IN THE PAPERS
In The Papers 11 February
Geoghegan-Quinn starts EU innovation role | Apple in TV show pricing talks
The Irish Times reports on the opening of the Science and Discovery Lab at the new National Wax Museum, as reported by ENN.
The Irish Independent writes that mobile operator Three Ireland is to create 90 jobs in a major retail expansion, as noted by ENN.
The paper also says that the EUR14.8 million European funding for former Dell workers will be released to the Government within the next couple of days. The fund will rise to EUR22.8 million when the EUR8 million worth of government support is added in. The money will be used to help re-train the 2,400 workers who lost their jobs early last year when Dell closed its Limerick plant.
The same paper writes about the new European Research and Innovation Commissioner Maire Geoghegan-Quinn, who took up her role on Wednesday. She says she wants to get money filtering through to small- and medium-sized businesses and make sure Europe never again loses key inventions to the US. The research portfolio has had a traditionally low profile despite its EUR50 billion budget. As member state leaders arrive in Brussels for talks on Thursday on how EU money should be spent over the next decade, Geoghegan-Quinn said she wanted to take advantage of what should be a central role for innovation in the EU's next 10-year economic plan. "There is now a realisation right across the EU 27 that innovation is the key to helping to resolve the difficulties that we have."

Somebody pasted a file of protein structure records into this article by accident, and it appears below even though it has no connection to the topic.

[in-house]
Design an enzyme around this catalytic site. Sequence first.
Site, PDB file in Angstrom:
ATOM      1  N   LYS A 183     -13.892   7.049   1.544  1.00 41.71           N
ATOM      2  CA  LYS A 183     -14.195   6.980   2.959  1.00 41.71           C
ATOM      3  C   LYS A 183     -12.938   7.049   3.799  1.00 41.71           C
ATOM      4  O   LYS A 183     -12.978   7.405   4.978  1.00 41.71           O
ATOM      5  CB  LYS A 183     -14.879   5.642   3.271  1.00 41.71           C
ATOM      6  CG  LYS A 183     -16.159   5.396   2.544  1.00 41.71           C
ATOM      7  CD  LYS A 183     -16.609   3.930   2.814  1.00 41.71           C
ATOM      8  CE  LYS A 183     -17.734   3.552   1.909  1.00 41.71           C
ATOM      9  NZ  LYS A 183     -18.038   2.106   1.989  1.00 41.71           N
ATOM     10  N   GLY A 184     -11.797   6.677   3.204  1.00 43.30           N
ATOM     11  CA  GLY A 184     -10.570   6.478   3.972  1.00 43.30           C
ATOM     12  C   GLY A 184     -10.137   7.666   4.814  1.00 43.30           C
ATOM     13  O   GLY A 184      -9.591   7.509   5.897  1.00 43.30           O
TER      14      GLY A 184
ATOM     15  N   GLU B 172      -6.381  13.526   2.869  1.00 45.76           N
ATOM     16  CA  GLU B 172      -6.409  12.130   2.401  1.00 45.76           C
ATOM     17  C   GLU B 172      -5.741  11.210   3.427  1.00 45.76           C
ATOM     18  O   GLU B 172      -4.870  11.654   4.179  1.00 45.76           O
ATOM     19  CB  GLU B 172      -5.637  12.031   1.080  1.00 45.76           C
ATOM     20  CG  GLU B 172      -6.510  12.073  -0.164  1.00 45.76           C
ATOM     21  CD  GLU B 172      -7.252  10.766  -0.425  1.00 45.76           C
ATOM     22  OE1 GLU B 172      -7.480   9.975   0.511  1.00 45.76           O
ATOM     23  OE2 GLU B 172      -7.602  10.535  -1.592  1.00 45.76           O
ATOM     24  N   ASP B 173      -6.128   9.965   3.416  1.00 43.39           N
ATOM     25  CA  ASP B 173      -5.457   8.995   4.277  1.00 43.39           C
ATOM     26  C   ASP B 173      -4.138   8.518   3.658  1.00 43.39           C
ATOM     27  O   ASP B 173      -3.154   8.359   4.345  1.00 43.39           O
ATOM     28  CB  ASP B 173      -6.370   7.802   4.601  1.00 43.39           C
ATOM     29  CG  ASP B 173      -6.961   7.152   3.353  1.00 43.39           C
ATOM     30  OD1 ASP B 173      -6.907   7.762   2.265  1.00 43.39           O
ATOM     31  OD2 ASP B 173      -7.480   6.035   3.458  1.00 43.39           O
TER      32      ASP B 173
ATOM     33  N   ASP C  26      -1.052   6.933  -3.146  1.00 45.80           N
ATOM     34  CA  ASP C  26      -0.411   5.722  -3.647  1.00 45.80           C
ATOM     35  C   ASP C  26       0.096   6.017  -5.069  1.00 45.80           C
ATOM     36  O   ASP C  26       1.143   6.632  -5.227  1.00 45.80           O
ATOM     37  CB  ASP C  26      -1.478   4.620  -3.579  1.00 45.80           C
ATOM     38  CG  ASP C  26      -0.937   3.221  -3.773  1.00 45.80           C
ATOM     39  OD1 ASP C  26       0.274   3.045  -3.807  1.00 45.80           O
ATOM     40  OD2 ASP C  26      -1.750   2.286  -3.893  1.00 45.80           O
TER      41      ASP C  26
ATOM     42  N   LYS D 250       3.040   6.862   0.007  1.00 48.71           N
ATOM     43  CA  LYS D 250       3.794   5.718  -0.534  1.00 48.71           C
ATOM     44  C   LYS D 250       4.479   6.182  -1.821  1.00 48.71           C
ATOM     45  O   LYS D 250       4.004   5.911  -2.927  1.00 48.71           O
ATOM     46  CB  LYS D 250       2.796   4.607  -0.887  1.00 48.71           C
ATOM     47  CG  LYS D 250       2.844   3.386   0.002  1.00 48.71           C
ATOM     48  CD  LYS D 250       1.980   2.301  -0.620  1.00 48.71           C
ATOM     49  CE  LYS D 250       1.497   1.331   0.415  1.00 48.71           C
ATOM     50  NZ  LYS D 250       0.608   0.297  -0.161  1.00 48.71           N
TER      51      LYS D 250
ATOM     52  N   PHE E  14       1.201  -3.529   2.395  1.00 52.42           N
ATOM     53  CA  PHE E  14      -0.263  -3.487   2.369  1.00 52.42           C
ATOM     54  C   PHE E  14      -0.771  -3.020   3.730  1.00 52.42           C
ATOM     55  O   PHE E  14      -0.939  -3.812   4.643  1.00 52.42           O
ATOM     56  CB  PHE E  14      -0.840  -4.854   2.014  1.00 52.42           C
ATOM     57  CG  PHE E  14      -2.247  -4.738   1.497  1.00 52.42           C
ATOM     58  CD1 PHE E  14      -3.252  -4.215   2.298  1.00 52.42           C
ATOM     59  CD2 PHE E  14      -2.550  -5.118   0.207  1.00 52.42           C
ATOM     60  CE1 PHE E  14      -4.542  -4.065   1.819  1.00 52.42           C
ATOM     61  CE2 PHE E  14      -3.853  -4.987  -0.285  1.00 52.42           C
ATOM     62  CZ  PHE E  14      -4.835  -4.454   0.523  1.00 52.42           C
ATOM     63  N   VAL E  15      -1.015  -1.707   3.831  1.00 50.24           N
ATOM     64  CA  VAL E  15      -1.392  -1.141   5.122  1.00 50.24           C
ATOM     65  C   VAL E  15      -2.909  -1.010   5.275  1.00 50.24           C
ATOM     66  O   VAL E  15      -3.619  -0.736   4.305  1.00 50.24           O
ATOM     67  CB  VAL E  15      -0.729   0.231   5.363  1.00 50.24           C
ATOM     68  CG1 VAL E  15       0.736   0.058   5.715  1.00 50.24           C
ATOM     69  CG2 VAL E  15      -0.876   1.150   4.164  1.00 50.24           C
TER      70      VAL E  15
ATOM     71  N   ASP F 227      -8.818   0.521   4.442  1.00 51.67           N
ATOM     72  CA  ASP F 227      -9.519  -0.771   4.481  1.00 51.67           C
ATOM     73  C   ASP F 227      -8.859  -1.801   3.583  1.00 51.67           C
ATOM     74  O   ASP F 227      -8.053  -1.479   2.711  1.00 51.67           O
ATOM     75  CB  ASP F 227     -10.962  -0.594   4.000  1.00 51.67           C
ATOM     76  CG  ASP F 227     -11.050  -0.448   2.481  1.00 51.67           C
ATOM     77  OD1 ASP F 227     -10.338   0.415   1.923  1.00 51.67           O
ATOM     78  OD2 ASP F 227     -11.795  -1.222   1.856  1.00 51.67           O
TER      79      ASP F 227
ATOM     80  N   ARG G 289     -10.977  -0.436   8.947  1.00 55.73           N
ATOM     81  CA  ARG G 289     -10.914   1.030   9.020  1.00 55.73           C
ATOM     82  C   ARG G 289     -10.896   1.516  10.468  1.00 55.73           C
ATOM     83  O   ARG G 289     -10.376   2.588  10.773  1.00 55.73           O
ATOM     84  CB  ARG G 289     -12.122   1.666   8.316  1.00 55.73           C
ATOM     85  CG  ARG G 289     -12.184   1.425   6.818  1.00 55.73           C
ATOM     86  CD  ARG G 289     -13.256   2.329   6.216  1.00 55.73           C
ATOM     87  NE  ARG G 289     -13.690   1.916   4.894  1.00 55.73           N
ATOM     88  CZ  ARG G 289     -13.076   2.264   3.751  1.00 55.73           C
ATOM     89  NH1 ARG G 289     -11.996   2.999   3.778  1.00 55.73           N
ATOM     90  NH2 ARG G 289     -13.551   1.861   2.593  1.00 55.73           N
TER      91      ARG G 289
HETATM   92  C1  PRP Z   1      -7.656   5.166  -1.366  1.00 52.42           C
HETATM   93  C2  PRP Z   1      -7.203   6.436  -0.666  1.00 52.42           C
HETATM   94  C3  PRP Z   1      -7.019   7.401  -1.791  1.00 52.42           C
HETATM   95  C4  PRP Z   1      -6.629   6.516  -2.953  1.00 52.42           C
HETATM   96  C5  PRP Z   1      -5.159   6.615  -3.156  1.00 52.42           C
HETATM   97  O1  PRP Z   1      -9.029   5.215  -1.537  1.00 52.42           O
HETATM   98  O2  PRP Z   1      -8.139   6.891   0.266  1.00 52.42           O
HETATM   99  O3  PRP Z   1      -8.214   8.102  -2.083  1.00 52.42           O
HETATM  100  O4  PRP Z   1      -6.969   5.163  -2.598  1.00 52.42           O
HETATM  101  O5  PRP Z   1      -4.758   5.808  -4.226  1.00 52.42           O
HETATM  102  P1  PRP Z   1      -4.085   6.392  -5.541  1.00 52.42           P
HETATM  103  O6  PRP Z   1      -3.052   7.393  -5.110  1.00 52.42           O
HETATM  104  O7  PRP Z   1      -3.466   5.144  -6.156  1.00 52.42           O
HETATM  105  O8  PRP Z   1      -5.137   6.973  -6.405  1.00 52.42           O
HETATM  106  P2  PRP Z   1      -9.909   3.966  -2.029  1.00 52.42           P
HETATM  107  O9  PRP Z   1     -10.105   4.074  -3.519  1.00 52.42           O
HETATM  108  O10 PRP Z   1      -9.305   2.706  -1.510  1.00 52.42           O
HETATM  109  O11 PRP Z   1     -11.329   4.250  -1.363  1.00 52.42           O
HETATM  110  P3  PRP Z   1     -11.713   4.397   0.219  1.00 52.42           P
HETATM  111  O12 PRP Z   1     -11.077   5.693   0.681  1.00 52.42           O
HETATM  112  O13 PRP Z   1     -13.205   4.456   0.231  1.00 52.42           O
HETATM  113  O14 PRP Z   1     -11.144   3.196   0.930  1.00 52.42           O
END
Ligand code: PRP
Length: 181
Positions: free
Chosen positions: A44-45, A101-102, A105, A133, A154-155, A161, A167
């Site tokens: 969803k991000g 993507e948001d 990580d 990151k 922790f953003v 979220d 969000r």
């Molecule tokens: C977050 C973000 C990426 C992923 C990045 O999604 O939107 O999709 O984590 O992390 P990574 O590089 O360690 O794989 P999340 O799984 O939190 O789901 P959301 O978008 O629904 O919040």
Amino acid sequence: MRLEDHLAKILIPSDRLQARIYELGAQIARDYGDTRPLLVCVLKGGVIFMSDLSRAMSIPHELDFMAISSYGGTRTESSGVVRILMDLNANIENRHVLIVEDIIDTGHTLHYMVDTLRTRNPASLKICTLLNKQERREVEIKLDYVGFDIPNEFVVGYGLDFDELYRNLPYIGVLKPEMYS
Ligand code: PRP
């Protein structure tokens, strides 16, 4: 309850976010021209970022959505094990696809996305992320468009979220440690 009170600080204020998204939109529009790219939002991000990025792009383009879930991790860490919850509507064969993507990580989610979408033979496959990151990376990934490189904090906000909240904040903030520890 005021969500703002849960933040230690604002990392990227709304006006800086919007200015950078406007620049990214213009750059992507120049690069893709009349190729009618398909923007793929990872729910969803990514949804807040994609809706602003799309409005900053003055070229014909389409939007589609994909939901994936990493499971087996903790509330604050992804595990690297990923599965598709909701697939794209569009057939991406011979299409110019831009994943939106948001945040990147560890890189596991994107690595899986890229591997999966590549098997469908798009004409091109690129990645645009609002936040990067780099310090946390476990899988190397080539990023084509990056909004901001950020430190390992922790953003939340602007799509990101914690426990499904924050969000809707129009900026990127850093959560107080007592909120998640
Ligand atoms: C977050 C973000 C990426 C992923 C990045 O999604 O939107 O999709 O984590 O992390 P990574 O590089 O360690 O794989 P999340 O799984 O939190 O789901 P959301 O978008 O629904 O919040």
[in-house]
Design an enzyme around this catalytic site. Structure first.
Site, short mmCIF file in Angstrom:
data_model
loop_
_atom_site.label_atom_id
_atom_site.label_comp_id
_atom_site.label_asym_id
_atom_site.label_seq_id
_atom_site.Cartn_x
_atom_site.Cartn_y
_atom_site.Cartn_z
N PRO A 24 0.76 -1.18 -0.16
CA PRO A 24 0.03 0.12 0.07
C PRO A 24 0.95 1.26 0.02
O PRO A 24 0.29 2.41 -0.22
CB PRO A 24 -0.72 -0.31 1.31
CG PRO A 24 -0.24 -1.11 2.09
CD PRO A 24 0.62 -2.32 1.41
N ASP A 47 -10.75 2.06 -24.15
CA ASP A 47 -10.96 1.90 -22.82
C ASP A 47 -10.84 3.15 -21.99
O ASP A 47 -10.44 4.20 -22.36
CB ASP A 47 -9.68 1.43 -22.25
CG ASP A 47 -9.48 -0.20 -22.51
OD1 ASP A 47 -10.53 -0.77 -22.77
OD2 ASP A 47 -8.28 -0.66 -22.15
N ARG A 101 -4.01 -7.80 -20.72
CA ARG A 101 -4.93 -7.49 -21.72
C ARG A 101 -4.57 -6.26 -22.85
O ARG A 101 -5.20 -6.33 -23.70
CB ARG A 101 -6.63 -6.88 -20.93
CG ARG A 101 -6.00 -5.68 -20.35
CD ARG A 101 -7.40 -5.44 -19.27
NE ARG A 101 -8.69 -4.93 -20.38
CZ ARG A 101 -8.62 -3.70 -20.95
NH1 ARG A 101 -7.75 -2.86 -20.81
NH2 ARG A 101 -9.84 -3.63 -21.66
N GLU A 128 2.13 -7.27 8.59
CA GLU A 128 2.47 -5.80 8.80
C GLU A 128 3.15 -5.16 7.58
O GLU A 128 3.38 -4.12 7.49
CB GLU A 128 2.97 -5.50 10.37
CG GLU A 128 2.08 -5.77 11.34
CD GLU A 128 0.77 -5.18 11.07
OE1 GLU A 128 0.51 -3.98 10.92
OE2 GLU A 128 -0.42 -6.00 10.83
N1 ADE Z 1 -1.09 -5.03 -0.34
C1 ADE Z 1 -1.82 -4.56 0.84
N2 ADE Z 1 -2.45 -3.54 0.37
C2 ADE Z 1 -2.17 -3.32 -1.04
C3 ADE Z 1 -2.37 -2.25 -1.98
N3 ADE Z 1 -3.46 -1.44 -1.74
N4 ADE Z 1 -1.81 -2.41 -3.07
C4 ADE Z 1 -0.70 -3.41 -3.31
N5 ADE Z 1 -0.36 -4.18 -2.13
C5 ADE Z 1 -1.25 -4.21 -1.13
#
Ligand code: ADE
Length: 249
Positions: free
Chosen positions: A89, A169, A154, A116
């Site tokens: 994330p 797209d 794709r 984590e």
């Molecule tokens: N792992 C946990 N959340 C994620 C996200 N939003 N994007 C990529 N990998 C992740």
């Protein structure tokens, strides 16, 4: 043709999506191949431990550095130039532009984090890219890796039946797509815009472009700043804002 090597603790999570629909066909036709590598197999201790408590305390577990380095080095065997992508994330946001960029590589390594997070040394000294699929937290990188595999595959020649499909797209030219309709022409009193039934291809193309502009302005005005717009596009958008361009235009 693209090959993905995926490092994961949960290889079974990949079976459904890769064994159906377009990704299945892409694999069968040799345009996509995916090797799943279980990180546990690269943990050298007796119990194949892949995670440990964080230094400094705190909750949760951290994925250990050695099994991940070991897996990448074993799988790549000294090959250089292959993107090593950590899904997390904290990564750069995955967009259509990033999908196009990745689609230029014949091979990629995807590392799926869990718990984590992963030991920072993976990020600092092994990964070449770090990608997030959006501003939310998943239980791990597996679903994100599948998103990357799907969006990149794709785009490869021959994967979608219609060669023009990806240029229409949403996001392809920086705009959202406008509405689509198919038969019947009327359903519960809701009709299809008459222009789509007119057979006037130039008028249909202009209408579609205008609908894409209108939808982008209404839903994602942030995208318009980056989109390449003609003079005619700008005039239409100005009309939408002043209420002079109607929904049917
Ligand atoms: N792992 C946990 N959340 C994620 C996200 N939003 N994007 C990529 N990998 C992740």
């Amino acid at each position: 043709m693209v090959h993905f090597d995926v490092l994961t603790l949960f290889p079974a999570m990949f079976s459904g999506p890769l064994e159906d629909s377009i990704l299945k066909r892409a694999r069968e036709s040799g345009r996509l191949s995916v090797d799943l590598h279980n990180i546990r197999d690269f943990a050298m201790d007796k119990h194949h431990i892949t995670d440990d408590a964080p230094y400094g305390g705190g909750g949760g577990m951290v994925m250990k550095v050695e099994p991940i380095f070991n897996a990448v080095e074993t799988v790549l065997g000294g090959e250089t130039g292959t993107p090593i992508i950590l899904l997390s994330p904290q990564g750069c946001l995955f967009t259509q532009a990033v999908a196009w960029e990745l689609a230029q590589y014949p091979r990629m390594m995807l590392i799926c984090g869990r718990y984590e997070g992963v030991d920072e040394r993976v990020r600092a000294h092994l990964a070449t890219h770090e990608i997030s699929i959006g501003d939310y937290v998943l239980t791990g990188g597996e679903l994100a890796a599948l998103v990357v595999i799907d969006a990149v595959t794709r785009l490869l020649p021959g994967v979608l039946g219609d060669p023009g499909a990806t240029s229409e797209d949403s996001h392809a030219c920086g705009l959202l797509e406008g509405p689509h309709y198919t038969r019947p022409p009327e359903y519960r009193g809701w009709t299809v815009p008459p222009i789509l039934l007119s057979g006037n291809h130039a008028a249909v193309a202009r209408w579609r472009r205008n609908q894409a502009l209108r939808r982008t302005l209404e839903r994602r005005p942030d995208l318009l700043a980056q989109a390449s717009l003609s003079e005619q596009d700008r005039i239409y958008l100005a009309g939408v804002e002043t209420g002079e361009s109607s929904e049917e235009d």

The Irish Examiner writes on the launch of Google Buzz, as reported by ENN on Wednesday.
According to the Wall Street Journal, Apple is in talks with television networks to lower the price of downloaded TV shows when the company begins selling its new iPad tablet computer. People familiar with the talks said that Apple has already been testing a price of USD0.99 -- half the price of standard-definition TV episodes -- for certain shows on its iTunes service, and that it is keen to finalise a deal to offer that price more broadly along with the iPad. The sources said the new pricing has not been agreed yet. A spokesman for Apple declined to comment.
The paper also reports that Micron Technology's USD1.27 billion acquisition of Numonyx Holdings will boost the US chip maker's presence in the flash-memory chip market, creating a much stronger industry player. The move will likely threaten industry leader Samsung Electronics' market share, and could also force South Korea's Hynix Semiconductor, which has a strategic partnership with Numonyx in the development of flash memory, to look for another partner to remain competitive, analysts said. Neither Micron nor Samsung have commented on the acquisition, while Hynix, in a statement, said: "We don't anticipate a significant impact even if the partnership [with Numonyx] ends."
The Financial Times writes that Google has seen a "sharp drop" in traffic to its Gmail service from Iran, apparently as a result of censorship. The signs come as Iranian officials have reportedly said they will impose a permanent block on Gmail, although this threat could not be confirmed by the paper. The attack on Gmail comes less than a month after Google angered Chinese authorities by issuing a direct challenge to that country's censorship regime. The two events appeared to be linked, according to Ronald Deibert, an associate professor at the University of Toronto and head of Citizen Lab, which monitors global internet censorship. The move by Iran comes as it marks the 31st anniversary of the Iranian revolution on Thursday.